THE President of the Church Union (CU), Fr Edwin Barnes, is to stand down because the majority of its Council opposes “assisting those who join the Ordinariate”. Last month, the Confraternity of the Blessed Sacrament (CBS) provoked anger among some of its members when it donated £1 million to the Roman Catholic Ordinariate (News, 8 July).
Fr Barnes, who joined the Ordinariate earlier this year, wrote in a statement posted on the website of the CU, which says that it seeks “to promote and renew Catholic Faith and life within the Church of England”, that the group received a legal opinion from a QC suggesting that, although the organisation’s Constitution had been altered to include those outside the Church of England, “the foundation documents had not, and they trumped whatever the Constitution might intend.” The legal opinion “seemed to say this was a Society for Church of England members only”.
Fr Barnes said that he sought another legal opinion, which “arrived at a different conclusion”, and suggested that the CU “might indeed function ecumenically”.
“Since those opinions were received,” Fr Barnes wrote, “there has been an election, and it is quite clear to me now that even were I to continue as President, the weight of opinion in the Councils of the Union would be against any notion of assisting those who have joined the Ordinariate. This has been achieved partly by refusing to accept nominations of members of the Church Union who are already in the Ordinariate.”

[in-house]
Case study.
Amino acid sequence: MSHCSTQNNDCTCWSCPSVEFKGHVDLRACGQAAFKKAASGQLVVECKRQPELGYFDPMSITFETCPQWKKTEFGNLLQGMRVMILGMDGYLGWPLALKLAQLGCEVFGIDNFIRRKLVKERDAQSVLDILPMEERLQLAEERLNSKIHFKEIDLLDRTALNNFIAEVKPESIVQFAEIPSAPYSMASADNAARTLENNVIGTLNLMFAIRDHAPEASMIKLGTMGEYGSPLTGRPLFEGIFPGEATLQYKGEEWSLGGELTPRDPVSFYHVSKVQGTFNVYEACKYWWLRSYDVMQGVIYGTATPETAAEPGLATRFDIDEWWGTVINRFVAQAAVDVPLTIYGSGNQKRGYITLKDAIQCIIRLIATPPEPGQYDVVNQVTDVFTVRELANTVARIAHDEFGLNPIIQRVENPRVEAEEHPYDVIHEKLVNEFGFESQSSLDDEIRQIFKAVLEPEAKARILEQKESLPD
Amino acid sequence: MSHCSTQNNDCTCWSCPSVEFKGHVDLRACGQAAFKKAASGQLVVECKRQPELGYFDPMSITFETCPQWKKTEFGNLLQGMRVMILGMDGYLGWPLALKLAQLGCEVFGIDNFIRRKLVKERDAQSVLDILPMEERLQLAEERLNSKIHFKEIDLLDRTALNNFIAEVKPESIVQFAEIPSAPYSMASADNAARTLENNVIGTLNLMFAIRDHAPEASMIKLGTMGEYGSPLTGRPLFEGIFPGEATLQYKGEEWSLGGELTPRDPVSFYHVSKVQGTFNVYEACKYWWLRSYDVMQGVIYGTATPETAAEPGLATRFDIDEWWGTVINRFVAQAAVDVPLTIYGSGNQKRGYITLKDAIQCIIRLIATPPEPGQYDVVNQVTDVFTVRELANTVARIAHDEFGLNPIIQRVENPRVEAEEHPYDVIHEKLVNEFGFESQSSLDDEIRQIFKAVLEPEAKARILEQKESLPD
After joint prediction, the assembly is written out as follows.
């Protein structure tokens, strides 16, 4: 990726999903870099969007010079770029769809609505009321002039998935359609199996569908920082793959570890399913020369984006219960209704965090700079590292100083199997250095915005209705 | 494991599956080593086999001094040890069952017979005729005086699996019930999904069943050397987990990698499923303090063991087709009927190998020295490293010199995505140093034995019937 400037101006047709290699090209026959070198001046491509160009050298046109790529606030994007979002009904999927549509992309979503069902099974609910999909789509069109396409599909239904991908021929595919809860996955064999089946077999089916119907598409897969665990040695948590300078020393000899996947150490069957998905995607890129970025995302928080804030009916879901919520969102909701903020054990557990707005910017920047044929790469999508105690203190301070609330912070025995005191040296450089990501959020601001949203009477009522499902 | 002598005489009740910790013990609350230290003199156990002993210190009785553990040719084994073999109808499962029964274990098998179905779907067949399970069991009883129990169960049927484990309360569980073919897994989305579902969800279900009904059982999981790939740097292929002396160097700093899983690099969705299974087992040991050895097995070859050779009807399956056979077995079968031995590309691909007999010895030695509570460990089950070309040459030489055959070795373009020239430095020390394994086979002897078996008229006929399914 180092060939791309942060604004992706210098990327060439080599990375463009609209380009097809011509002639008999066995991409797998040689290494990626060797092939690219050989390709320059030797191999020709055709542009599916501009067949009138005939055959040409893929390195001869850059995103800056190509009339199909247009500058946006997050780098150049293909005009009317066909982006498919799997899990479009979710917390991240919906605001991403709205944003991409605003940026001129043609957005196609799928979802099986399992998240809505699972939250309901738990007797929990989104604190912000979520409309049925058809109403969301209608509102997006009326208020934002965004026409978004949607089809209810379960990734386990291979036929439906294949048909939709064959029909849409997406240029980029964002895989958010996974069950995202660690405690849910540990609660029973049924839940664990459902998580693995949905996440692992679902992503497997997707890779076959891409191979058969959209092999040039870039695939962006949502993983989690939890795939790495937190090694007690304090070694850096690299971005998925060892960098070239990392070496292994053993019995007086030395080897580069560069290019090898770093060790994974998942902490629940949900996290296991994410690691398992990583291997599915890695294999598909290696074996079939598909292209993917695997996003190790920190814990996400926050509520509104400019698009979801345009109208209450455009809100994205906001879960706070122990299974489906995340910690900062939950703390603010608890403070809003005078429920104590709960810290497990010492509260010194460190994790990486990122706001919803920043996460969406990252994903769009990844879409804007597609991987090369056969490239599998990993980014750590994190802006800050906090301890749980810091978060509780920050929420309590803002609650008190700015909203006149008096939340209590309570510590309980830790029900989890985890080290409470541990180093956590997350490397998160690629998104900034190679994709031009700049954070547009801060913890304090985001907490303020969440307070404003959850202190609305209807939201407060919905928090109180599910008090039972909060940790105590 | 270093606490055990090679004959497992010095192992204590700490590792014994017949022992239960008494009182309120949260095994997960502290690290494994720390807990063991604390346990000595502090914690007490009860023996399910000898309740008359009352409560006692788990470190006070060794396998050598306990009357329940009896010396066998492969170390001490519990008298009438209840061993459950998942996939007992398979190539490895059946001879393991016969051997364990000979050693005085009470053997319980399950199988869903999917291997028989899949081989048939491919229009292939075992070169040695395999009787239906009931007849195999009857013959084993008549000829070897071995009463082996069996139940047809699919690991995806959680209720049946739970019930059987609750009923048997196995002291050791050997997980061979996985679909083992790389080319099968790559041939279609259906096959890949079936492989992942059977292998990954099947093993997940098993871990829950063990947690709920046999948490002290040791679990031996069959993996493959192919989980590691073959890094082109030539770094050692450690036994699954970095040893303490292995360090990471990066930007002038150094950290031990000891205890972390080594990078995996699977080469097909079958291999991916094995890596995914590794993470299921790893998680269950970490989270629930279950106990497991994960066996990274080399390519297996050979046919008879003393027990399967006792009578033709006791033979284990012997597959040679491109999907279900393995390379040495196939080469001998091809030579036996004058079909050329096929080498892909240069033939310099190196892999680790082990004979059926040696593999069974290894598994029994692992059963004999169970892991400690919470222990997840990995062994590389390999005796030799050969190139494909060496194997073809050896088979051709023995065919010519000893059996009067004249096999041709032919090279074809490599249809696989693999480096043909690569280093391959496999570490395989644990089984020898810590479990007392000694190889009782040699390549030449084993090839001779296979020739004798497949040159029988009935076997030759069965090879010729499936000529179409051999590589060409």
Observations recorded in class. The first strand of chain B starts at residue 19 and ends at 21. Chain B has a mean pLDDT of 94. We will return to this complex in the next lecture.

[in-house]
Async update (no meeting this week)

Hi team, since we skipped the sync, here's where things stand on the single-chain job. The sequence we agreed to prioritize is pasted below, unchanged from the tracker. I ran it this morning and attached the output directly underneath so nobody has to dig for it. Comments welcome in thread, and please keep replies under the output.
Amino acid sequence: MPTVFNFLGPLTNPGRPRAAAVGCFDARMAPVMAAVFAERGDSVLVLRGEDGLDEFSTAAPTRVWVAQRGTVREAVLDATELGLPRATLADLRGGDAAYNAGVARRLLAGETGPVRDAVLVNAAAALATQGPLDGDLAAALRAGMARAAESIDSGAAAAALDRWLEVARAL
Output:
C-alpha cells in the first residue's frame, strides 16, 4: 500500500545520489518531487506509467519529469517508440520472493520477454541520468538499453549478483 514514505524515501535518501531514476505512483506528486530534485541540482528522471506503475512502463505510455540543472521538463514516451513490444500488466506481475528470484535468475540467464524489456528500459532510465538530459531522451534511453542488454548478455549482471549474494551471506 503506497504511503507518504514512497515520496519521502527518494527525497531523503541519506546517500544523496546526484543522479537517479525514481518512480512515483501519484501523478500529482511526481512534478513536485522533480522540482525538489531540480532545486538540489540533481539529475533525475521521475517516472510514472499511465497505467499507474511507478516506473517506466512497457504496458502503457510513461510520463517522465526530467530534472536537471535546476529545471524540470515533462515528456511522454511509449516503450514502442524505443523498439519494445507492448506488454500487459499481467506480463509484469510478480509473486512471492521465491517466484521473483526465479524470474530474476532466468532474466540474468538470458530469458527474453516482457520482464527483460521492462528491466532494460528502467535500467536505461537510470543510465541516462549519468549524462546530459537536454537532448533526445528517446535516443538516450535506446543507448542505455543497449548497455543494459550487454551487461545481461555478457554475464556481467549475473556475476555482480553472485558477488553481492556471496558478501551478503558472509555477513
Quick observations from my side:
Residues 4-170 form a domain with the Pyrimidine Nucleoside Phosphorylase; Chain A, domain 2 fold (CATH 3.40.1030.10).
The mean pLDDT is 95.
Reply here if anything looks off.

Last month, the Friends of the Ordinariate was launched to raise funds for priests who have left the Church of England for the Ordinariate (News, 22 July). Mgr Keith Newton said that the Ordinariate would need “£1 million to keep going”. He said that, of the 59 Ordinariate clergy, there were 31 “who need support of one sort or another. . . Out of those 31, there are 12 who are married with dependent children, nine who are married without dependent children, and ten who are celibates.”
Reordination in Scotland. The RC Bishop of Paisley, the Rt Revd Philip Tartaglia, reordained the first priest for the Ordinariate in Scotland on the Sunday before last. Fr Len Black, the former Rector of St Michael and All Angels, Inverness, was reordained on 22 July in St Mary’s RC Church, in Greenock. Fr Black, who was the regional dean of Forward in Faith, was presented for ordination by the Ordinary of the Ordinariate, Mgr Keith Newton.
Bishop Tartaglia, who is overseeing the implementation of the Ordinariate in Scotland, was quoted in The Scotsman as saying: “Although the group in Scotland is very small, when taken along with considerably more groups and clergy . . . this begins to look like a new and visionary way of recreating Christian unity after years of ecumenical stalemate.”